I've attached an image of my book (Theorem 4.4.1 is at the bottom of the image). I need help understanding what this book is saying.
In the first sentence on p.113:
"If (I) holds, then the primal is feasible, and its optimal objective is obviously zero",
They are talking about the scalar value resulting from taking the dot product of the zero vector and $x$, right? That's obviously zero. Because if they're talking about $x$ itself, then it makes no sense. Okay.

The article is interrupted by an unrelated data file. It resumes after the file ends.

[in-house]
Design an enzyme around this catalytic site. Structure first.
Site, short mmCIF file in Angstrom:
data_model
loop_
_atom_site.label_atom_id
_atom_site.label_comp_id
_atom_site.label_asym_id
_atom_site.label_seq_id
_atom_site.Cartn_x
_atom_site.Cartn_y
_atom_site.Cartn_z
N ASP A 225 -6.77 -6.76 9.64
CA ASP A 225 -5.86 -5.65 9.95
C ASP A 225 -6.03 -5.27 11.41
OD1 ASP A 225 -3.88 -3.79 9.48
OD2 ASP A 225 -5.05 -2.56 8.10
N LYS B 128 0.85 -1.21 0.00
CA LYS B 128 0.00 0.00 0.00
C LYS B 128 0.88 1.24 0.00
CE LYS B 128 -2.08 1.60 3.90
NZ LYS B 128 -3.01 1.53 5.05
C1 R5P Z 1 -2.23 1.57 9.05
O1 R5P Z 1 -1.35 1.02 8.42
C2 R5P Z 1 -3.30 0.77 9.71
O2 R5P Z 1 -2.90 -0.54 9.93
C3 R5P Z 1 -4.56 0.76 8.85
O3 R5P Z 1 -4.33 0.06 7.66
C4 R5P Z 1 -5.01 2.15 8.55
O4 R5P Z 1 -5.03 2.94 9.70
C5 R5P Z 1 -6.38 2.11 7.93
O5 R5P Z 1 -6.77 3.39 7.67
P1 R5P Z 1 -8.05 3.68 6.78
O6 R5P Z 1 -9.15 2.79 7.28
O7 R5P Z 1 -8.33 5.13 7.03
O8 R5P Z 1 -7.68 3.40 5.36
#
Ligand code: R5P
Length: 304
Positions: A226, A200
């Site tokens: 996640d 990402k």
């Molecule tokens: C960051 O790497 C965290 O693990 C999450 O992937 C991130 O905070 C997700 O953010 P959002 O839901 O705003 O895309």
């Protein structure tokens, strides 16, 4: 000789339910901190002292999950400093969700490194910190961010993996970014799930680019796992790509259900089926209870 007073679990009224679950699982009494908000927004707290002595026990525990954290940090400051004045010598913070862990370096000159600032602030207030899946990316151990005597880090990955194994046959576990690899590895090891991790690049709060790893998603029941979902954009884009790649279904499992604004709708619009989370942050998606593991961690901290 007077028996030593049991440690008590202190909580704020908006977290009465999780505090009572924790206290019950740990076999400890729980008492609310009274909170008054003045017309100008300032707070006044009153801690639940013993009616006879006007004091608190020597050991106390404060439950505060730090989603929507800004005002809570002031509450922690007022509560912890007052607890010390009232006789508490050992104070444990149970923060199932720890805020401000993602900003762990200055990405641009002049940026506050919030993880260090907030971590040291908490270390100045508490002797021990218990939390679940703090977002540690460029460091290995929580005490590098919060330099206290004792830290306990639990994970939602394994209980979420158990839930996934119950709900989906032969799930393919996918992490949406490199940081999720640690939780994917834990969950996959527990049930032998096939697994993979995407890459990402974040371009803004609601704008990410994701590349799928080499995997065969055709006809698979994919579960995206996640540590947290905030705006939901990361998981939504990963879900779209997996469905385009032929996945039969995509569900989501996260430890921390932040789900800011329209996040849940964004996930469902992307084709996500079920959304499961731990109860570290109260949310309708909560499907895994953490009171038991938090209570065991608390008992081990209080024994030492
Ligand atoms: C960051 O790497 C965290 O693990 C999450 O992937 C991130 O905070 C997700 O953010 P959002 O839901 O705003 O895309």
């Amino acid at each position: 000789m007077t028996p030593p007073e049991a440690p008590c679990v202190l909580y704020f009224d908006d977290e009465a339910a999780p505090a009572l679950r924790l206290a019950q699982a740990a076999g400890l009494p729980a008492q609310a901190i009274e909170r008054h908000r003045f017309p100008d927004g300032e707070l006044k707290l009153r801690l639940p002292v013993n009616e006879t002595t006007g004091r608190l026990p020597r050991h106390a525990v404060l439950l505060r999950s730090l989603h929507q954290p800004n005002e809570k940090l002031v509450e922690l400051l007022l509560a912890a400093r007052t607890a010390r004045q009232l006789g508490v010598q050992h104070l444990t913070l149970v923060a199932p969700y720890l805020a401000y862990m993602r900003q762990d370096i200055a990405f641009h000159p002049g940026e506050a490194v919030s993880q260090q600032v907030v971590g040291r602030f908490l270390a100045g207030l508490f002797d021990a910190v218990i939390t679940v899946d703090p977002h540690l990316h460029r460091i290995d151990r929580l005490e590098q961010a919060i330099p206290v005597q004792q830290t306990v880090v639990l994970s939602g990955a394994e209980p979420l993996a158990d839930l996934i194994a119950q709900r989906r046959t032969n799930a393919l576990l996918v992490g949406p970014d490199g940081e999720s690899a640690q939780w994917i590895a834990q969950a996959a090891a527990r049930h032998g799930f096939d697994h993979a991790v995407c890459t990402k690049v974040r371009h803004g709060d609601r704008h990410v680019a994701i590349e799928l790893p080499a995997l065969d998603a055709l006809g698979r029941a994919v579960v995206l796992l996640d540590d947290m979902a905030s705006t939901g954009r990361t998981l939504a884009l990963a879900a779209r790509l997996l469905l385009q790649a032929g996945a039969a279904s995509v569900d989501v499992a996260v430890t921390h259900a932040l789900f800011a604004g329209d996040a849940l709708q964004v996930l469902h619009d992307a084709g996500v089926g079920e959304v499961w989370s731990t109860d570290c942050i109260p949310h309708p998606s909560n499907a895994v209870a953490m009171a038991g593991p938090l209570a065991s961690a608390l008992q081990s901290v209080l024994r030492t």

"By applying the weak duality result (Theorem 4.4.1), we have that any dual feasible vector $u$ (that is, one which satisfies $A'u \ge 0$) must have $b'u \ge 0$."
I don't understand this sentence. How is the weak duality result being applied? I can see that $Ax = b, x \ge 0$ matches up with $Ax \ge b, x \ge 0$, but I don't see where $b'u \ge 0$ comes from. I would think that the only thing you could conclude from Theorem 4.4.1 is that $b'u \le 0$ since p = 0 in that problem.
Thanks in advance.